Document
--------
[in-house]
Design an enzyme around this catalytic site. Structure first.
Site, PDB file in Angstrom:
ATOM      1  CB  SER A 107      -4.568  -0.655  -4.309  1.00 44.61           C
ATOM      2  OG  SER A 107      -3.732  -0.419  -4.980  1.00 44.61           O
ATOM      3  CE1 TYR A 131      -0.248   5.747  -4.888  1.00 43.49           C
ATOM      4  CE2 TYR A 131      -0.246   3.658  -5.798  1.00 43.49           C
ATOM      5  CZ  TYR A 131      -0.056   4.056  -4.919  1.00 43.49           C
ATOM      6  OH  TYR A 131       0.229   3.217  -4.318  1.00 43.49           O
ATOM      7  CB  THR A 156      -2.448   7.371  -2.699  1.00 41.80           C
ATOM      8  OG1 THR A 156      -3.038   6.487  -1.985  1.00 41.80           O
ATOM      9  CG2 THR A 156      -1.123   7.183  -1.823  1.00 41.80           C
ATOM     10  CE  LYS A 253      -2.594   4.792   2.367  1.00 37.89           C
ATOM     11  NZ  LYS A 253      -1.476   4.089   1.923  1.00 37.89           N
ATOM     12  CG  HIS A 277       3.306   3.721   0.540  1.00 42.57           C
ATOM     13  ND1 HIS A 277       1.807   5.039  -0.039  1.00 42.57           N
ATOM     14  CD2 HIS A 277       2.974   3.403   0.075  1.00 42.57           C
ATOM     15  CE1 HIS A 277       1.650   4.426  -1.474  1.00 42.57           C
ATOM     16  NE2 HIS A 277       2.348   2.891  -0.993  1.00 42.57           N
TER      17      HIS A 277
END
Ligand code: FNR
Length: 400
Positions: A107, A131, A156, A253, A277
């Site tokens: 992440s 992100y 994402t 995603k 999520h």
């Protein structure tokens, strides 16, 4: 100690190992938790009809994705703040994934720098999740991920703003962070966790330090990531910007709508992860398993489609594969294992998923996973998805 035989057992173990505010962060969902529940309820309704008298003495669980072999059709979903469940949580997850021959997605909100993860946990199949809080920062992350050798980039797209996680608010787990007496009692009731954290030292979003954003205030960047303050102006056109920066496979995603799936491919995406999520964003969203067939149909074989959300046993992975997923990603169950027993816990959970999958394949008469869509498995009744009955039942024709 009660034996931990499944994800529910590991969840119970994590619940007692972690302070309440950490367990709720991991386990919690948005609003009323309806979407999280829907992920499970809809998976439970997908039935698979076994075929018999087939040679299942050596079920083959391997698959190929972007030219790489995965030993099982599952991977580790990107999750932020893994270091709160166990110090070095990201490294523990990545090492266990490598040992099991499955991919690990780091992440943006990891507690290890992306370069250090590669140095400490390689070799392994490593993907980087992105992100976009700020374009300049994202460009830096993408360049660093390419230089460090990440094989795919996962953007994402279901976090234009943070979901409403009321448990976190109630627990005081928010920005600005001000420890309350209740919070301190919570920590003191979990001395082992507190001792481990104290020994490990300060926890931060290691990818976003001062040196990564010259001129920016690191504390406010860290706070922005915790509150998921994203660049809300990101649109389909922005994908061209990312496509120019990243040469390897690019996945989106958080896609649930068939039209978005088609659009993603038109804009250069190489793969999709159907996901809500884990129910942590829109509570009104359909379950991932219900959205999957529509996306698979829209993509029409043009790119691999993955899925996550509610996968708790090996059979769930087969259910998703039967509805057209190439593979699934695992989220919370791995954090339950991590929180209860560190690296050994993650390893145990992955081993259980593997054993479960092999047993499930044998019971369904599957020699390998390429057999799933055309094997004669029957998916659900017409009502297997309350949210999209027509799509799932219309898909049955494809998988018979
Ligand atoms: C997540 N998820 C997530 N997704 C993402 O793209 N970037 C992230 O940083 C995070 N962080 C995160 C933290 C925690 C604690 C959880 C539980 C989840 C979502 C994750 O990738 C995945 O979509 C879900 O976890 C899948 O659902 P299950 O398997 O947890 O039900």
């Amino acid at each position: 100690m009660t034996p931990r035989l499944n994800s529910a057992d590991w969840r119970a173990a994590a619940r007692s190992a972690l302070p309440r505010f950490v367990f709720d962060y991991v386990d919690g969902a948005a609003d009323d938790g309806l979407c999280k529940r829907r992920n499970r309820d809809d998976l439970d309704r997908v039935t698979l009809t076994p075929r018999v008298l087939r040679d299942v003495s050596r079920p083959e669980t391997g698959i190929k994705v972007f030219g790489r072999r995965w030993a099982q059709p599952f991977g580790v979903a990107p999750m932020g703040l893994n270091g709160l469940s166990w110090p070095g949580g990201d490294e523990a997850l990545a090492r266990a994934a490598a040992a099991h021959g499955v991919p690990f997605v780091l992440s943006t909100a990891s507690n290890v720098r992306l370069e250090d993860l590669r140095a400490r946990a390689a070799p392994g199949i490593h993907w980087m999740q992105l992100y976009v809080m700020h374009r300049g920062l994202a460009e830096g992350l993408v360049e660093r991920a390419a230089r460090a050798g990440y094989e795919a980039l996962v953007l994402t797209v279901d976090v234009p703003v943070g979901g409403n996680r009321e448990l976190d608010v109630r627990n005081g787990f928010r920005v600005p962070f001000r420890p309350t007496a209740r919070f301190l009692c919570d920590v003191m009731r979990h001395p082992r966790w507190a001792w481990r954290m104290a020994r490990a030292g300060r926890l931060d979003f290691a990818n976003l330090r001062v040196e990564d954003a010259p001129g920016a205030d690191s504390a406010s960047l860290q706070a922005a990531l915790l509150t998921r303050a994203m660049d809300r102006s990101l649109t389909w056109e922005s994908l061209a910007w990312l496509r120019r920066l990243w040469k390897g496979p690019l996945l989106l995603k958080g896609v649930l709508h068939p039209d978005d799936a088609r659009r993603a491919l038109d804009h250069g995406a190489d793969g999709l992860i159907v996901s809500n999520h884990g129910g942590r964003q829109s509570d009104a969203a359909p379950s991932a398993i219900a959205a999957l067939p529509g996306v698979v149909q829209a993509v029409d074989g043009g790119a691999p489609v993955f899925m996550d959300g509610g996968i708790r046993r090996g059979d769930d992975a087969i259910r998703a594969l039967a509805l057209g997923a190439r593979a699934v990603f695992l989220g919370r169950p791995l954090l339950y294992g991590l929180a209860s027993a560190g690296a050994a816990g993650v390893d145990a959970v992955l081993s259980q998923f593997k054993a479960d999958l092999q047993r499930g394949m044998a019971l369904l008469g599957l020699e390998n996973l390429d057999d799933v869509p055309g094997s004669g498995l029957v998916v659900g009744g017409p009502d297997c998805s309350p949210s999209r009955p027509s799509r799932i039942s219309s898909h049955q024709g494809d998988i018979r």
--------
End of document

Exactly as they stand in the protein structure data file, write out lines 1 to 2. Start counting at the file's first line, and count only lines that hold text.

[in-house]
Design an enzyme around this catalytic site. Structure first.